Living and Serving in Community, Part 2
Mark 3:31-35 Then His brothers and His mother came, and standing outside they sent to Him, calling Him. And a multitude was sitting around Him; and they said to Him, “Look, Your mother and Your brothers are outside seeking You.”
But He answered them, saying, “Who is My mother, or My brothers?” And He looked around in a circle at those who sat about Him, and said, “Here are My mother and My brothers! For whoever does the will of God is My brother and My sister and mother.”
One of the most healing, wonderful, challenging realities of being a Christian is that we automatically become part of another family. Today’s world likes to call friends, neighbors, co-workers, and online connections “family.” That can indicate a loving closeness, but a loose definition of the term can be dangerous, as our enemy seeks to redefine and weaken the definition of family.
There are really only two kinds of families: the “nuclear family” of parents and children, and every variation of that (natural-born, adopted, single moms, single dads, etc.), and the family of God.
Romans 8:15 tells us that we have “received the Spirit of adoption by whom we cry out, “Abba, Father.” Hebrews 2:11 tells us that Jesus is our brother. These are not metaphors; this is reality. The body of Christ is not like our family; it is our family. Our heavenly Father is a real father, and the best one. Those other Christians—they are our real brothers and sisters. Ephesians 4:1 and 3 says in part, “…Walk worthy of the calling with which you were called…endeavoring to keep the unity of the Spirit in the bond of peace.”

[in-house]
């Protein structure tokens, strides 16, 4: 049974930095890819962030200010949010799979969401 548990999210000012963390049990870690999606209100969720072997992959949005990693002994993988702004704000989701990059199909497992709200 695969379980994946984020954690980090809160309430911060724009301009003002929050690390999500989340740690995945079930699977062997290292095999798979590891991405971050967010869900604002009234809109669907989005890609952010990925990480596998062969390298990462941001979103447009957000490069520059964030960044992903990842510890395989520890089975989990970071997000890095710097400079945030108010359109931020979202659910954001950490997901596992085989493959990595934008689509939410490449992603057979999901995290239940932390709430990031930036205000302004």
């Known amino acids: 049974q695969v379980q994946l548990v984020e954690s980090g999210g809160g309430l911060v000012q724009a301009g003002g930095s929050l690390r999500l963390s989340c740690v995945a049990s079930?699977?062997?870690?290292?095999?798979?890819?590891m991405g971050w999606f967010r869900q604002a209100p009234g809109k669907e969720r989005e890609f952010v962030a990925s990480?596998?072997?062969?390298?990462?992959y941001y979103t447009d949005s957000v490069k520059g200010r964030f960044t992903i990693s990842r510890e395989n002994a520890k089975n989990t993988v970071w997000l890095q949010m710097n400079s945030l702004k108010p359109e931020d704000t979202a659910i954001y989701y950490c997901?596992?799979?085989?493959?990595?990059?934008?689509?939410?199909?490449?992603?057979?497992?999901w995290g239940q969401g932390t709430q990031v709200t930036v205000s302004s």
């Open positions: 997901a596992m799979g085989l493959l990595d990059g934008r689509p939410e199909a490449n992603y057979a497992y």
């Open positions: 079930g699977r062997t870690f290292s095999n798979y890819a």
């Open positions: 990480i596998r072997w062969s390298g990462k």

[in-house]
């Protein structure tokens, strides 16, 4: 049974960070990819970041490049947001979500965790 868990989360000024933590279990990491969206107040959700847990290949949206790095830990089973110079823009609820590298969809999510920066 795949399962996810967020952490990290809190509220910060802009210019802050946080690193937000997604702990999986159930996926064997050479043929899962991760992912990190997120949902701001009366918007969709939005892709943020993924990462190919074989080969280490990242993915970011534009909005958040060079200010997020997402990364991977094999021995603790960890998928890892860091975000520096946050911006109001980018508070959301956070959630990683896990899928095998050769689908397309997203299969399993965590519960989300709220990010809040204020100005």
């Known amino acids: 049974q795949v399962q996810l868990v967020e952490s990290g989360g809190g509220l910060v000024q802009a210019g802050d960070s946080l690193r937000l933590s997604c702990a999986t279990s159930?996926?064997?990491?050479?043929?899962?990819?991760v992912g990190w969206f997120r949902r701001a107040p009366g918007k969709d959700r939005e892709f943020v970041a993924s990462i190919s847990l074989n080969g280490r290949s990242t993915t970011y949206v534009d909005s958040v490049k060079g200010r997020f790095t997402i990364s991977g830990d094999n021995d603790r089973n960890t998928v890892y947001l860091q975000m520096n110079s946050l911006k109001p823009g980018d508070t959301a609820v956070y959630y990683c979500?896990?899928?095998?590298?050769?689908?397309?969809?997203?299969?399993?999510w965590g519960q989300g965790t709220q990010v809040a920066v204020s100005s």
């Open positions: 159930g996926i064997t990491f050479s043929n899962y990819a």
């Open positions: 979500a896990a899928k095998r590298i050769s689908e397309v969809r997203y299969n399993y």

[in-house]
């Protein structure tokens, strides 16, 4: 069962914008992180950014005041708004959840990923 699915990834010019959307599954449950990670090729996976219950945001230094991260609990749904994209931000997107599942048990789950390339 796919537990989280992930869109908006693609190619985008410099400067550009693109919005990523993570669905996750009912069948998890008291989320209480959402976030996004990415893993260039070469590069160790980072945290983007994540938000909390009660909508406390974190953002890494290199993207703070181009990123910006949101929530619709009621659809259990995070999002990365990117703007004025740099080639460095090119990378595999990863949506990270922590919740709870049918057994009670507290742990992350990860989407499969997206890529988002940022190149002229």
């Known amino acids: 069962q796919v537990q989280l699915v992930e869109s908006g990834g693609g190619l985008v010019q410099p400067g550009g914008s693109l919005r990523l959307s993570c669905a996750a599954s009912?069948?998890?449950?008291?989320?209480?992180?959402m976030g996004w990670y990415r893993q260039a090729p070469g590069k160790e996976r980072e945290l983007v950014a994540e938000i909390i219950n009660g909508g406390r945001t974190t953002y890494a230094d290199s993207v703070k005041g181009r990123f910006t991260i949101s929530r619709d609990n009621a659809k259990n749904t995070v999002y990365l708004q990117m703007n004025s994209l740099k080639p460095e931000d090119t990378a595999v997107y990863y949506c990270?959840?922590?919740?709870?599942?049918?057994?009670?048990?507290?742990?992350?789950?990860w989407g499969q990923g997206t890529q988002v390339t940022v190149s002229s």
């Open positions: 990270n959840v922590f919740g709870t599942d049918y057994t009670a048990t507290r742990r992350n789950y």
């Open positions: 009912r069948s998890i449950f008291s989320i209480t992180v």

It doesn’t say to work at creating the unity of the Spirit. It says to keep it—guard it, strengthen it, protect it, as it’s already present. The spiritual bond we share with our Christian brothers is a more precious connection than even the natural family connection, in part because we take it into eternity with us. Our natural bonds pass away with our death. Heaven won’t know natural connections—only spiritual ones, ones we happily get to enjoy on this side of the grave.
We need to settle it once and for all that our brothers and sisters in Christ are family. Locking this truth down in our hearts and minds is so freeing. It can release a new level of love, understanding and support. We come to see that we are constantly inheriting the gifts of our family members—in their gifts, talents and acts of love. And there will be moments in our lives when knowing we’re not alone will be worth more than precious jewels.
Yes, we have responsibilities when we are members of a family. But when there is a great, mighty, loving family like the body of Christ (though we all fall short), belonging is a joy.
Prayer: Father, thank You that You have placed me in such a magnificent family. May all the good things I learned from You through my natural family be turned into blessings toward all my brothers and sisters. Help me to see with Your eyes what riches I have in belonging to the household of God.